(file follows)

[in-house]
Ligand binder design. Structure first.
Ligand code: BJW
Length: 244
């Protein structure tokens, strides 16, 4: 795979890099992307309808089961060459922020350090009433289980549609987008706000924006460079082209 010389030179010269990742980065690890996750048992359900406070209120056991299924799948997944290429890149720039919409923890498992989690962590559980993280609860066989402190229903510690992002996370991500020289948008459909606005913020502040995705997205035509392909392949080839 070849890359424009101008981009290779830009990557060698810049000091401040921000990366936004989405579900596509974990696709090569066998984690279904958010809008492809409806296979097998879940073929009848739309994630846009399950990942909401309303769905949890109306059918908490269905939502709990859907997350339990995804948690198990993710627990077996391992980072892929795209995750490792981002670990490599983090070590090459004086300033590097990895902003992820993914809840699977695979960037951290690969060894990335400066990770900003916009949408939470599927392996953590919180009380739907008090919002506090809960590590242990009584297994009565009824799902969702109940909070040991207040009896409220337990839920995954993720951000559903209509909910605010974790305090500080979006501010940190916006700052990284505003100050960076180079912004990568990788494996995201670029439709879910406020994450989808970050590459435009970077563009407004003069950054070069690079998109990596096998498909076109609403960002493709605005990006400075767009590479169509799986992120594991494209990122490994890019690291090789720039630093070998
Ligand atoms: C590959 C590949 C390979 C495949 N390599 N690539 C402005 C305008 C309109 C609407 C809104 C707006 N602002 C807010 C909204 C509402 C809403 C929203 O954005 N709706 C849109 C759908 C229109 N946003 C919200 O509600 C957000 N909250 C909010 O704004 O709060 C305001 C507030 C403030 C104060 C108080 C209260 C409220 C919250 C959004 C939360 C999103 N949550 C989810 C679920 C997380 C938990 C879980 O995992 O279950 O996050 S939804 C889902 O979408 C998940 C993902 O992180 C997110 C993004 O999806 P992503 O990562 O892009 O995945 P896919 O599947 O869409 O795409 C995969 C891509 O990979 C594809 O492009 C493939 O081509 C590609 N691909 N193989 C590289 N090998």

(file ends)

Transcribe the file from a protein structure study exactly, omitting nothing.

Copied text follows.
[in-house]
Ligand binder design. Structure first.
Ligand code: BJW
Length: 244
């Protein structure tokens, strides 16, 4: 795979890099992307309808089961060459922020350090009433289980549609987008706000924006460079082209 010389030179010269990742980065690890996750048992359900406070209120056991299924799948997944290429890149720039919409923890498992989690962590559980993280609860066989402190229903510690992002996370991500020289948008459909606005913020502040995705997205035509392909392949080839 070849890359424009101008981009290779830009990557060698810049000091401040921000990366936004989405579900596509974990696709090569066998984690279904958010809008492809409806296979097998879940073929009848739309994630846009399950990942909401309303769905949890109306059918908490269905939502709990859907997350339990995804948690198990993710627990077996391992980072892929795209995750490792981002670990490599983090070590090459004086300033590097990895902003992820993914809840699977695979960037951290690969060894990335400066990770900003916009949408939470599927392996953590919180009380739907008090919002506090809960590590242990009584297994009565009824799902969702109940909070040991207040009896409220337990839920995954993720951000559903209509909910605010974790305090500080979006501010940190916006700052990284505003100050960076180079912004990568990788494996995201670029439709879910406020994450989808970050590459435009970077563009407004003069950054070069690079998109990596096998498909076109609403960002493709605005990006400075767009590479169509799986992120594991494209990122490994890019690291090789720039630093070998
Ligand atoms: C590959 C590949 C390979 C495949 N390599 N690539 C402005 C305008 C309109 C609407 C809104 C707006 N602002 C807010 C909204 C509402 C809403 C929203 O954005 N709706 C849109 C759908 C229109 N946003 C919200 O509600 C957000 N909250 C909010 O704004 O709060 C305001 C507030 C403030 C104060 C108080 C209260 C409220 C919250 C959004 C939360 C999103 N949550 C989810 C679920 C997380 C938990 C879980 O995992 O279950 O996050 S939804 C889902 O979408 C998940 C993902 O992180 C997110 C993004 O999806 P992503 O990562 O892009 O995945 P896919 O599947 O869409 O795409 C995969 C891509 O990979 C594809 O492009 C493939 O081509 C590609 N691909 N193989 C590289 N090998």